With family members coming and going, you may want to look into the latest in keyless entry systems and electronic locks that use a keypad, touchscreen or cell phone to control entry.

Visit Entry & Interior Doors to learn more.

Low-E heading

Low-Emissivity or Low-E insulating glass helps reduce energy consumption while keeping your home cooler in the summer and warmer in the winter. In summer Low-E glass reflects the sun’s energy preventing it from transferring heat into your home, while in the winter Low-E glass reduces heat loss by reflecting it back into the house.

Low-E coatings are invisible, microscopically thin layers of metal or metallic oxide applied directly to the surface of the glass to control heat transfer through insulated glass. Windows with Low-E coatings perform very well in colder weather (U-Factor) and have enhanced performance in summer (SHGC - Solar Heat Gain Coefficient).

When choosing windows the U-Factor is the insulating quality that keeps you warm in cold weather and the lower the number the better the window is at keeping heat in. The SHGC is the reflective quality that keeps you cooler in the summer by keeping solar heat out and the lower the number the better the window is at blocking the sun. How much light a window lets in is the VT or Visible Transmittance and the higher the number the more light you will see.

How to Choose a Skylight

The vaulted ceiling in this modern kitchen features three Velux skylights

What to consider when buying a skylight

Skylights can be a wonderful addition to your home, filling a space with natural light or adding ventilation and dimension to any room they are installed in. There are a few basic types to consider and each one may serve a different function in your living space.

Modern kitchen design includes VELUX Venting Skylights for fresh air and natural light

Venting Skylights

An operable skylight will vent a bathroom or any room of hot stale air that accumulates near the ceiling and provide fresh air by creating airflow within your home. These skylights can be manually operated with a rod or a crank, or solar powered with electric options available so all you have to do is flip a switch to open or close. Automatic sensors can also be incorporated to trigger the skylight to open and vent when it’s too hot and close when it starts to rain.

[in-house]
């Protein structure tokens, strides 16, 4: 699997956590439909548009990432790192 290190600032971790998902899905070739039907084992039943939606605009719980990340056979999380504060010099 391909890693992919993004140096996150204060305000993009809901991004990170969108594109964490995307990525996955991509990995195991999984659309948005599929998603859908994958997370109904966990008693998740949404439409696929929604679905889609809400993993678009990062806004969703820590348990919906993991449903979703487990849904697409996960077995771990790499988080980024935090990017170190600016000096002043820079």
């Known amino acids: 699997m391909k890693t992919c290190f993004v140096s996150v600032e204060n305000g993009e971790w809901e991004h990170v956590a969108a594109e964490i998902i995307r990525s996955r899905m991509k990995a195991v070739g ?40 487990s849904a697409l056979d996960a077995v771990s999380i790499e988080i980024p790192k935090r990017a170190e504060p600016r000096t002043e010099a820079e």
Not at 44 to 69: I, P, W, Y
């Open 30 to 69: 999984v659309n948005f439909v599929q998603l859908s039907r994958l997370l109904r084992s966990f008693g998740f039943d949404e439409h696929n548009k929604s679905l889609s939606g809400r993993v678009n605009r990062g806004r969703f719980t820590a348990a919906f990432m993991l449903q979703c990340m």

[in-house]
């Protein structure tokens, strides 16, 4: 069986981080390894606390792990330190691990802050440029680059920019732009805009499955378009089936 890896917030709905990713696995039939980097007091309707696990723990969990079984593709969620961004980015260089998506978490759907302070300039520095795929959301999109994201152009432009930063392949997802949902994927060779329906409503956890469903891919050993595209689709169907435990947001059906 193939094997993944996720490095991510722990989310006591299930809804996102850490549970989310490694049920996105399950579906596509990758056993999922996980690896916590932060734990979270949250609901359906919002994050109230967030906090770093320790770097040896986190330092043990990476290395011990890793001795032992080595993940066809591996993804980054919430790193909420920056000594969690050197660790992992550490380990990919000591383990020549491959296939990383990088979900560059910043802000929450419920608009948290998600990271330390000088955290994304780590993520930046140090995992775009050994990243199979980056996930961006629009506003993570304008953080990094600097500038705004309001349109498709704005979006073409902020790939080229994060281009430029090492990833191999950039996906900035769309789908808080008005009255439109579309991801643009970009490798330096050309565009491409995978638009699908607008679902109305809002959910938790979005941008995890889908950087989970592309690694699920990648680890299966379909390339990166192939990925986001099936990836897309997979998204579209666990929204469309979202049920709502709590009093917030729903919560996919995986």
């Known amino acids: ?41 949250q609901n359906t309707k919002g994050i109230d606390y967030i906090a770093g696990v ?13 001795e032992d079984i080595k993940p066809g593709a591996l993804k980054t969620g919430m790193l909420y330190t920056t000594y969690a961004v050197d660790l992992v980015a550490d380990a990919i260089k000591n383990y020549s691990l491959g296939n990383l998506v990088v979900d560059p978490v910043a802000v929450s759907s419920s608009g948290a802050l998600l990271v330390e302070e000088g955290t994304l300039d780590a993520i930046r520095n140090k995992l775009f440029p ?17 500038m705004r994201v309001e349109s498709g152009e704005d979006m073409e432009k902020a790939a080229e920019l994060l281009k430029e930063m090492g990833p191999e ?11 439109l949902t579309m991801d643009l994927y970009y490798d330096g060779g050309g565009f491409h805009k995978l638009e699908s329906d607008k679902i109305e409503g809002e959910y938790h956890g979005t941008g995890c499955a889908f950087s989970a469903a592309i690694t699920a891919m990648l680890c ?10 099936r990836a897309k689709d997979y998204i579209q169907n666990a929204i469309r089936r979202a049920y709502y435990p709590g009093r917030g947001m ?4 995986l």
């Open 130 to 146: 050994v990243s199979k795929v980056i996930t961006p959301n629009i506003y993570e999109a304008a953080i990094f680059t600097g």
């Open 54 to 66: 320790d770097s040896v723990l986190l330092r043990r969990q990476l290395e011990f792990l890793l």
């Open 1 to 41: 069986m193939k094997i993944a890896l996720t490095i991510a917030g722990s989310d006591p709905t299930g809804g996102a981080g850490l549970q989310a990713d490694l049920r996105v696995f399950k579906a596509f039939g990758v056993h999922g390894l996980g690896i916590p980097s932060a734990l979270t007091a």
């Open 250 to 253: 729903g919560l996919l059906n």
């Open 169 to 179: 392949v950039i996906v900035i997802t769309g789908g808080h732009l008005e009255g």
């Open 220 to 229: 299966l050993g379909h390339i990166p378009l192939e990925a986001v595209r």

This remodel daylighted a dark room by installing a VELUX skylight over the bed for natural light

Fixed Skylights

Fixed skylight can change the character of a room by adding a sense of spaciousness and natural light to a dark interior. Keep in mind the type of light shaft used will determine the type of light entering a room — flared provides the most amount of light while straight will add drama. Excess light can be controlled by adding a screen or louvers, and some skylights are available with built-in light filtering blinds controlled by a solar powered push button or manual operation.

Living room filled with light and views is complemented by the natural wood ceiling with skylights

Energy Efficiency

Skylights are rated just like windows for energy efficiency and manufacturers use various technologies like heat-absorbing tints, insulated glazing, and Low-E coatings to control heat transfer and UV radiation to reduce fabric and floor fading. In general the skylight size should never be more than 5% of the floor area in a room with many windows. We will work with you to determine what your options are to maximize daylighting and passive solar heating potential.

VELUX Skylight installed on tile roof


Skylight glazing is either glass or plastic and your choice will depend on expected performance and your budget. Plastic glazing is usually acrylic or polycarbonate and is the least expensive and is less likely to break. Plastic surfaces tend to scratch easily and they may become brittle and discolored over time. Skylights using glass glazing are generally more costly and have the added advantages of durability and lack of discoloration with age.

Visit Skylights & Solar Tubes to learn more.



★ ★ ★ ★ ★

Exterior view of Jeld-Wen Siteline double-hung window

Window & Door Service

If you’re an architect, builder or homeowner thinking about remodeling then our personalized Window & Door Service is tailored to meet your needs. You can come to our showroom, meet us and see product samples, or we can come to your office, home or job site.

Our Millwork professionals will work with you to come up with the best solution to fit your project while keeping with the architectural character of your home, lifestyle and budget. Whether buying for new construction, renovation or replacing those double-hungs, you’ll get a Hassle-Free Estimate based on your project with no obligation.

ENERGY STAR® is a government program that helps consumers protect the environment through superior energy efficiency and is a registered trademark of the U.S. Department of Energy and the U.S. Environmental Protection Agency.

Economy Lumber Company - Lumber & Wood Products Catalog PDF cover

Lumber & Wood Catalog

Our Lumber & Wood Catalog is a handy, downloadable PDF that’s an easy reference guide to the type of Lumber and Wood we inventory, including the sizes and grades. We also list the common Building Materials we stock, the Window & Door Brands we carry and the Contractor Services we offer.

Lumber & Wood Catalog PDF
Economy Lumber Company
Lumber & Wood Catalog

8 pages / 3.3MB PDF

Antique Sargent & Co. hand plane
Since 1935

We’ve been helping builders since 1935

Give us a call or send us an email and tell us what you need. We carry and can source a wide range of lumber and building materials geared for the professional.